Microsoft released Visual Studio 2017 last week, and already the company is working on the Visual Studio 2017 Update Preview. The preview is meant to improve UWP tools so they support the upcoming Creators Update SDK, and add Python tools.  Once the Creators Update SDK is released, the company will allow developers to enable side-by-side installation of the SDK in order to create production ready packages that target the SDK.

Other features include PackageReference support in UWP projects, new .NET native compiler distributed as a NuGet package, improved Visual Studio integration integration for XAML controls, support for detecting SDK version specific code, command line arguments in debug mode, and UWP streaming install support.

The full release notes are available here.

Windows Vista support is coming to an end
Microsoft also revealed it will soon end support for its operating system Windows Vista. Support will stop on April 11, 2017. After that time, users should not expect security updates, hot fixes, support options, or online technical content.

“Microsoft has provided support for Windows Vista for the past 10 years, but the time has come for us, along with our hardware and software partners, to invest our resources towards more recent technologies so that we can continue to deliver great new experiences,” Microsoft wrote in a statement.

Kinetise’s source code generator
Kinetise, a rapid development platform provider, recently launched a new platform that allows developers and users to create custom, advanced, feature-rich, performing native mobile apps that connects to any RESTful API from scratch without any coding. The company says this is different from other low-code or no coding tools because it provides more template-based apps.

Features include drag-and-drop editor, ability to download native source code, the ability to modify source code if needed, content presentation, maps, submitting data, user authentication, user roles, parameterized API-calls, GPS tracking, offline scenarios support, custom logic, and local variables.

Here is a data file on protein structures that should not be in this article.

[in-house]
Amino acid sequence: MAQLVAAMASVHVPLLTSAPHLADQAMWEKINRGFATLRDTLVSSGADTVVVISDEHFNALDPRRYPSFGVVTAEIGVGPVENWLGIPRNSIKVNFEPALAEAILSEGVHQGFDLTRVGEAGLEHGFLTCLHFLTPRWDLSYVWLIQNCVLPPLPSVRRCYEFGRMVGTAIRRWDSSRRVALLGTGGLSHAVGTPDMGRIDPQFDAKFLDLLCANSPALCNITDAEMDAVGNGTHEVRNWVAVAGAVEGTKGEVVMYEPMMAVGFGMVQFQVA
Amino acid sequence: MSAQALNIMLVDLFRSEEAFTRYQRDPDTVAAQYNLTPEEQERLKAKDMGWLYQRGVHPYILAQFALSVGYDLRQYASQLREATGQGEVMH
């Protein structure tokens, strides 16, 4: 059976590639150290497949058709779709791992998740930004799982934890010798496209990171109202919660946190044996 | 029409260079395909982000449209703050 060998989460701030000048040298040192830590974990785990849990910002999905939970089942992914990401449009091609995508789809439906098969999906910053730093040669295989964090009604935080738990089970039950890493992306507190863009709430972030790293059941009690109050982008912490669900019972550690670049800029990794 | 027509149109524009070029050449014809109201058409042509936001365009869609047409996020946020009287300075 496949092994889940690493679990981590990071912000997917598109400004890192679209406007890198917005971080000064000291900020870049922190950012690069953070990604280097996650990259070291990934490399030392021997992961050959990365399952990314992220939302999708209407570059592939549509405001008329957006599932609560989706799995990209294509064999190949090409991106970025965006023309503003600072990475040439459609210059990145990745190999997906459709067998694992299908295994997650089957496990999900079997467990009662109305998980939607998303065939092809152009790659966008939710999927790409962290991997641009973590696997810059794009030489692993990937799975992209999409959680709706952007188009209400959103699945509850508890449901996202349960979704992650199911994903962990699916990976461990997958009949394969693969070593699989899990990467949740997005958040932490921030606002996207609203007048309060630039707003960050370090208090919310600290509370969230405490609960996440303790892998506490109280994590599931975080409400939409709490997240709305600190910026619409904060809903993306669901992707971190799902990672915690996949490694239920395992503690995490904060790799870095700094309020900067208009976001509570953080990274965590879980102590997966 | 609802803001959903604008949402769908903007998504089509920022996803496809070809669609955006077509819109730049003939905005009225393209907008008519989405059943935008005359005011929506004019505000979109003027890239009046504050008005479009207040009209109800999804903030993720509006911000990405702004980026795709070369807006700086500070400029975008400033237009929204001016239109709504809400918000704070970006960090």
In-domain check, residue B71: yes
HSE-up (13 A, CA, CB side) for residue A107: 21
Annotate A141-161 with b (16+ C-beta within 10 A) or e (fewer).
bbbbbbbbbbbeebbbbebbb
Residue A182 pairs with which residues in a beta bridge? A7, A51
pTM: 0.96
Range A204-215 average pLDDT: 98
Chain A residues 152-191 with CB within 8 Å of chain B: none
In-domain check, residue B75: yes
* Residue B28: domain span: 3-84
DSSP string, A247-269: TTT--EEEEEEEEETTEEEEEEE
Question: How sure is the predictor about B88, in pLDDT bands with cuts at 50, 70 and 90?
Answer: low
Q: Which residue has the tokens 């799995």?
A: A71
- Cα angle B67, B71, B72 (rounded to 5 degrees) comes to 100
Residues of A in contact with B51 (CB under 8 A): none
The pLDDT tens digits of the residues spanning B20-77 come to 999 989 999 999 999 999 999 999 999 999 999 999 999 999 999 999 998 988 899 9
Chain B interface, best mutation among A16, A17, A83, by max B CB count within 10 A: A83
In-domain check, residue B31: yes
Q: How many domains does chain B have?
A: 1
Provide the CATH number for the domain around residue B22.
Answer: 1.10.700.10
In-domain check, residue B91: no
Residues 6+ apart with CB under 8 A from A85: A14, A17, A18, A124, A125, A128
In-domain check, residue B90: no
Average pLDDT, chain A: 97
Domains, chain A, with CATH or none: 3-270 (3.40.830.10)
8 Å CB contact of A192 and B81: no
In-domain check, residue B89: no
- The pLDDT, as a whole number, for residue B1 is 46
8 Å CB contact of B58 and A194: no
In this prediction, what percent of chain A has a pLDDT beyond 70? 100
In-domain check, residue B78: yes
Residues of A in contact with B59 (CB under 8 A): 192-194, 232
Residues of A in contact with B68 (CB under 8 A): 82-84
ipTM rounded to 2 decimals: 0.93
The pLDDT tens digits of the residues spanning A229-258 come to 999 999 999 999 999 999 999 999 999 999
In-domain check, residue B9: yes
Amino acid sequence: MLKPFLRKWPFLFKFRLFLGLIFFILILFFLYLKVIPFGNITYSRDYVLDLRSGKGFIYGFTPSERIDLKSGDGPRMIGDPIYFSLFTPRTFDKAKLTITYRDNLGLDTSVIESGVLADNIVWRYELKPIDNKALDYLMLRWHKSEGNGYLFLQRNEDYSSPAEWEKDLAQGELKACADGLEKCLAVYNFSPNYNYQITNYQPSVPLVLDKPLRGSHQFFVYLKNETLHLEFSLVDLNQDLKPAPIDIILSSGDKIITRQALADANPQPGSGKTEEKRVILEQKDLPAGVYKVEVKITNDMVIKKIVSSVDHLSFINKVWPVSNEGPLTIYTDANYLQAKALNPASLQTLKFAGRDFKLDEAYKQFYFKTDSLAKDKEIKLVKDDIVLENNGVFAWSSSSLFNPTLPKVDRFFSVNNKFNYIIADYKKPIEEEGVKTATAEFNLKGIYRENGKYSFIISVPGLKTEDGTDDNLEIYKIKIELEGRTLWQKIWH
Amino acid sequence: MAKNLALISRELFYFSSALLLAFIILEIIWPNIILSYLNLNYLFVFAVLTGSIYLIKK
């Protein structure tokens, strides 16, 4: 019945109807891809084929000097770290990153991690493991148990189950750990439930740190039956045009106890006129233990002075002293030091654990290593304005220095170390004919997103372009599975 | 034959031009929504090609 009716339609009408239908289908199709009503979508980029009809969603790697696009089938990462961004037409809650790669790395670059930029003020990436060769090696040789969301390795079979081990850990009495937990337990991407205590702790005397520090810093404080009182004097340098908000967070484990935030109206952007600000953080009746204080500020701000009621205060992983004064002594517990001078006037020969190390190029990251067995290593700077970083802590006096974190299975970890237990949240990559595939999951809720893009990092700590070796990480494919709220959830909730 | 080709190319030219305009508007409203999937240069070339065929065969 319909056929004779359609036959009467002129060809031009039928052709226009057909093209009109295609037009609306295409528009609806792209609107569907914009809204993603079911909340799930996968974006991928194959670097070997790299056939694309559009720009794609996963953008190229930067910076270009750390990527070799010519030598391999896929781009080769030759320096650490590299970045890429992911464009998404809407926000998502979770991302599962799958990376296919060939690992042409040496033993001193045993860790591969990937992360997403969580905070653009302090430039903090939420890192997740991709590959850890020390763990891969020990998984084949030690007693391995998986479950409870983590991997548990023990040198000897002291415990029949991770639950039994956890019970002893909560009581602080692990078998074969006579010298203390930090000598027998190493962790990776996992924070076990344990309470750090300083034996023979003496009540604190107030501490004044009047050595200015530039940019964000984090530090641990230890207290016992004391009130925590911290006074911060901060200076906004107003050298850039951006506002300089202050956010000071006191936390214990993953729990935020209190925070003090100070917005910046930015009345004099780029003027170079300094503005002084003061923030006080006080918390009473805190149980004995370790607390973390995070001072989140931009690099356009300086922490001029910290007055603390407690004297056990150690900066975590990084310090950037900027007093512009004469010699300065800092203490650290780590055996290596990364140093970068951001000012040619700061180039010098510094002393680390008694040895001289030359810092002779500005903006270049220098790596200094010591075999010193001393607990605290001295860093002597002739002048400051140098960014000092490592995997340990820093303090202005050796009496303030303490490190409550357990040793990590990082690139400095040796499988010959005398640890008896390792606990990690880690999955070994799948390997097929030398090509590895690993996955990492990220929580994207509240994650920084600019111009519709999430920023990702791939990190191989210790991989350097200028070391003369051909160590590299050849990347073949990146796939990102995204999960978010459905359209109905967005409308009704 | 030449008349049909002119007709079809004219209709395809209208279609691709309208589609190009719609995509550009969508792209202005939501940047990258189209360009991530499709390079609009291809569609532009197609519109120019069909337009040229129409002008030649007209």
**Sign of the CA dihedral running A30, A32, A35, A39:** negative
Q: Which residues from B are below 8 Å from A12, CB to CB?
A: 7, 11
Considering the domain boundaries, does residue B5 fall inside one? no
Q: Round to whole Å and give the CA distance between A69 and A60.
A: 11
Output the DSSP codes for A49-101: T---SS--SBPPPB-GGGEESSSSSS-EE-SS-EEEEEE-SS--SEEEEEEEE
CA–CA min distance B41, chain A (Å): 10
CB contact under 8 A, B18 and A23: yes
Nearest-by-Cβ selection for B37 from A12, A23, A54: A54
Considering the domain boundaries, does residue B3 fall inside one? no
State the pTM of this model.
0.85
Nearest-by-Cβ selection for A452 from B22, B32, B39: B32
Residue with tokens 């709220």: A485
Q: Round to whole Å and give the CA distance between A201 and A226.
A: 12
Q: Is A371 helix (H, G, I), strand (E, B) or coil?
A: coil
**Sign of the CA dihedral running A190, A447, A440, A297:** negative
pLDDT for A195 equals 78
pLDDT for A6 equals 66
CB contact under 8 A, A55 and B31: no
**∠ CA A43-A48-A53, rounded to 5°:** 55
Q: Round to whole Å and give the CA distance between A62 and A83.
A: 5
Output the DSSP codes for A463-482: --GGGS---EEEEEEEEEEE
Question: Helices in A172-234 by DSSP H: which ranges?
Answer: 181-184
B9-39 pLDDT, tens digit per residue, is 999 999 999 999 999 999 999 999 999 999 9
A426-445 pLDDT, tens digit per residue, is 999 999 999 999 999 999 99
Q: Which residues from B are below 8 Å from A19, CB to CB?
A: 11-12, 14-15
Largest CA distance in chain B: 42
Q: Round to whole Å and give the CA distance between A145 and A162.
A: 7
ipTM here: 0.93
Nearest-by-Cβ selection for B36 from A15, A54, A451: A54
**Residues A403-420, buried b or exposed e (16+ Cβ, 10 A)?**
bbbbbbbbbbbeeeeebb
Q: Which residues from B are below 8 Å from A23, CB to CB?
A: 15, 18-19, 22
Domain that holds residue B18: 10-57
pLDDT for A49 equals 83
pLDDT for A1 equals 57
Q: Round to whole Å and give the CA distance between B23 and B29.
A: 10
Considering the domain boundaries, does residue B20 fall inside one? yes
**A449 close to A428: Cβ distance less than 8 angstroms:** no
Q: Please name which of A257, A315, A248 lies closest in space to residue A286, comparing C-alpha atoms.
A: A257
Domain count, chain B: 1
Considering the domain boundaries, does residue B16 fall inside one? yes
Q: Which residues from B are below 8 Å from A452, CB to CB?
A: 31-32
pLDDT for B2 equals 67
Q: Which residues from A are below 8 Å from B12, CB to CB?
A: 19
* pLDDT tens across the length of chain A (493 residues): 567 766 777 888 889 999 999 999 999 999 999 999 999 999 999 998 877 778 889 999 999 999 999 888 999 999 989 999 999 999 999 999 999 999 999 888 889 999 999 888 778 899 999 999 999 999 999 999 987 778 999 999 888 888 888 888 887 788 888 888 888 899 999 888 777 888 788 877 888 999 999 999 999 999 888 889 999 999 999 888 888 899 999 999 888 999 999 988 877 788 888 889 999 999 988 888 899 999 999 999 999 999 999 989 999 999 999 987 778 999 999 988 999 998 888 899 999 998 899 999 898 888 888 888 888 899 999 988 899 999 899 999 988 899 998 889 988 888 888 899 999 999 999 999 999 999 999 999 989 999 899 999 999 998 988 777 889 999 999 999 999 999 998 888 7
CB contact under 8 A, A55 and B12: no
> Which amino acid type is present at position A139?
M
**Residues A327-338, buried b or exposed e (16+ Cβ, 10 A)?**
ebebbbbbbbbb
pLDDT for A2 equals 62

Rust 1.16 released
The Rust team has announced the latest version of its systems programming language. Version 1.16 is now stable. The largest addition of the release is cargo check, a subcommand to accelerate the development workflow.  In order to support cargo check, rustc — the aspect of the language that compiles the code — was updated to learn to emit the .rmeta file.

“This file will contain only the metadata about a particular crate. cargo check needs this for your dependencies, to let the compiler check types and such from them. It’s also useful for the Rust Language Server, and possibly more tools in the future,” the Rust core team wrote in a post.

Other improvements include the removal of a long-standing diagnostics, library stabilizations, and cargo features.

WebGL 2.0 available for Chrome users
WebGL 2.0 is currently available for Chrome users with modern graphics hardware on Windows, macOS, Linux, and coming soon, Android.

The WebGL JavaScript API exposes hardware-accelerated 3D graphics to the web, according to a Chromium blog, and Chrome 56 brings in support for WebGL 2.0, which is a major upgrade.

WebGL 2.0 comes with new capabilities, and is designed to make it easier to build 3D web apps with fast real-time rendering and reduced video memory consumption. Also, WebGL 2.0 introduces an expanded conformance test suite with over 340,000 test cases, according to the blog.

More information can be found here.

About Christina Cardoza and Madison Moore